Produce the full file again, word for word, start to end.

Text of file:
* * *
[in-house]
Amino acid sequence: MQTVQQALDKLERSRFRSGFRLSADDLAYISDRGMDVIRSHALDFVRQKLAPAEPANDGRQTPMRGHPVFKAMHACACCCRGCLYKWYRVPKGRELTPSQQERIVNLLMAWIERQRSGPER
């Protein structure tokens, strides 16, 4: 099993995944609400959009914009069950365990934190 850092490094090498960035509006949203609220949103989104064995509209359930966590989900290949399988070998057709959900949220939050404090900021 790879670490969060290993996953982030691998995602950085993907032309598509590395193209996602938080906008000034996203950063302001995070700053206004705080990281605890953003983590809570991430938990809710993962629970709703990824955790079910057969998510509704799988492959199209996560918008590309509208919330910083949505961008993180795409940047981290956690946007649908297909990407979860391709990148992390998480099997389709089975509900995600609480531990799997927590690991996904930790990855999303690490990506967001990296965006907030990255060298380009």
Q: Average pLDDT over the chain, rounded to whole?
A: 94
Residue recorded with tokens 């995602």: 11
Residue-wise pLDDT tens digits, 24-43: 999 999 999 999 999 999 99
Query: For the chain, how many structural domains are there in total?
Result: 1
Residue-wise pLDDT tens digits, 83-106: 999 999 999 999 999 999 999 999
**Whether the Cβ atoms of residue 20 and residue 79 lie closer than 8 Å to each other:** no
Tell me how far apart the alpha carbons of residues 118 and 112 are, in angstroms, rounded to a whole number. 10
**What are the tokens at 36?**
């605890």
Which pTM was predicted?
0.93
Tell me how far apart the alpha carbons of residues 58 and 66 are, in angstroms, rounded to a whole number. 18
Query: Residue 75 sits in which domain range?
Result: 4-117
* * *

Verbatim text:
[in-house]
Amino acid sequence: MQTVQQALDKLERSRFRSGFRLSADDLAYISDRGMDVIRSHALDFVRQKLAPAEPANDGRQTPMRGHPVFKAMHACACCCRGCLYKWYRVPKGRELTPSQQERIVNLLMAWIERQRSGPER
């Protein structure tokens, strides 16, 4: 099993995944609400959009914009069950365990934190 850092490094090498960035509006949203609220949103989104064995509209359930966590989900290949399988070998057709959900949220939050404090900021 790879670490969060290993996953982030691998995602950085993907032309598509590395193209996602938080906008000034996203950063302001995070700053206004705080990281605890953003983590809570991430938990809710993962629970709703990824955790079910057969998510509704799988492959199209996560918008590309509208919330910083949505961008993180795409940047981290956690946007649908297909990407979860391709990148992390998480099997389709089975509900995600609480531990799997927590690991996904930790990855999303690490990506967001990296965006907030990255060298380009």
Q: Average pLDDT over the chain, rounded to whole?
A: 94
Residue recorded with tokens 């995602």: 11
Residue-wise pLDDT tens digits, 24-43: 999 999 999 999 999 999 99
Query: For the chain, how many structural domains are there in total?
Result: 1
Residue-wise pLDDT tens digits, 83-106: 999 999 999 999 999 999 999 999
**Whether the Cβ atoms of residue 20 and residue 79 lie closer than 8 Å to each other:** no
Tell me how far apart the alpha carbons of residues 118 and 112 are, in angstroms, rounded to a whole number. 10
**What are the tokens at 36?**
């605890």
Which pTM was predicted?
0.93
Tell me how far apart the alpha carbons of residues 58 and 66 are, in angstroms, rounded to a whole number. 18
Query: Residue 75 sits in which domain range?
Result: 4-117